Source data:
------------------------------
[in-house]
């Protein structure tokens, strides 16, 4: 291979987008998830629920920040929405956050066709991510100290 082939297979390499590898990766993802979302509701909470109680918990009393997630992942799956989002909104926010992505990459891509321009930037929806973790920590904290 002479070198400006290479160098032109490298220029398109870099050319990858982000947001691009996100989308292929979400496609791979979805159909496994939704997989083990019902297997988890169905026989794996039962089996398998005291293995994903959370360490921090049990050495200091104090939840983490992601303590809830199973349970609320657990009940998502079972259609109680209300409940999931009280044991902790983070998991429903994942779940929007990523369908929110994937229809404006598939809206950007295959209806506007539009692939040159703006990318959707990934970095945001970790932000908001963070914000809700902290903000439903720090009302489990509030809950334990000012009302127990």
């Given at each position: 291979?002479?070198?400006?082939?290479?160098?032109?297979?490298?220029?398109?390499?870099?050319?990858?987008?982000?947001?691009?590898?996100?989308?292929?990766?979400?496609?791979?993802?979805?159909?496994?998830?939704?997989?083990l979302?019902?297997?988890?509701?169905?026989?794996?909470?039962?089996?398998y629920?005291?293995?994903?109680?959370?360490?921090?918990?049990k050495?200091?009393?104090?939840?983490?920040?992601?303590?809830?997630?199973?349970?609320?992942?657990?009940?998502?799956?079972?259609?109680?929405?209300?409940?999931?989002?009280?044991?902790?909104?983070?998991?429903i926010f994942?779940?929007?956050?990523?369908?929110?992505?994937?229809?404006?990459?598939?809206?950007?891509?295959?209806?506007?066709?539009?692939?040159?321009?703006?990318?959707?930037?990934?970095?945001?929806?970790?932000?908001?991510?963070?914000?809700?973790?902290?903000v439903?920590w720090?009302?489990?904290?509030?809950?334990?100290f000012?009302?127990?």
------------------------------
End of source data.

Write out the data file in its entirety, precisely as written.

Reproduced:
[in-house]
């Protein structure tokens, strides 16, 4: 291979987008998830629920920040929405956050066709991510100290 082939297979390499590898990766993802979302509701909470109680918990009393997630992942799956989002909104926010992505990459891509321009930037929806973790920590904290 002479070198400006290479160098032109490298220029398109870099050319990858982000947001691009996100989308292929979400496609791979979805159909496994939704997989083990019902297997988890169905026989794996039962089996398998005291293995994903959370360490921090049990050495200091104090939840983490992601303590809830199973349970609320657990009940998502079972259609109680209300409940999931009280044991902790983070998991429903994942779940929007990523369908929110994937229809404006598939809206950007295959209806506007539009692939040159703006990318959707990934970095945001970790932000908001963070914000809700902290903000439903720090009302489990509030809950334990000012009302127990």
């Given at each position: 291979?002479?070198?400006?082939?290479?160098?032109?297979?490298?220029?398109?390499?870099?050319?990858?987008?982000?947001?691009?590898?996100?989308?292929?990766?979400?496609?791979?993802?979805?159909?496994?998830?939704?997989?083990l979302?019902?297997?988890?509701?169905?026989?794996?909470?039962?089996?398998y629920?005291?293995?994903?109680?959370?360490?921090?918990?049990k050495?200091?009393?104090?939840?983490?920040?992601?303590?809830?997630?199973?349970?609320?992942?657990?009940?998502?799956?079972?259609?109680?929405?209300?409940?999931?989002?009280?044991?902790?909104?983070?998991?429903i926010f994942?779940?929007?956050?990523?369908?929110?992505?994937?229809?404006?990459?598939?809206?950007?891509?295959?209806?506007?066709?539009?692939?040159?321009?703006?990318?959707?930037?990934?970095?945001?929806?970790?932000?908001?991510?963070?914000?809700?973790?902290?903000v439903?920590w720090?009302?489990?904290?509030?809950?334990?100290f000012?009302?127990?």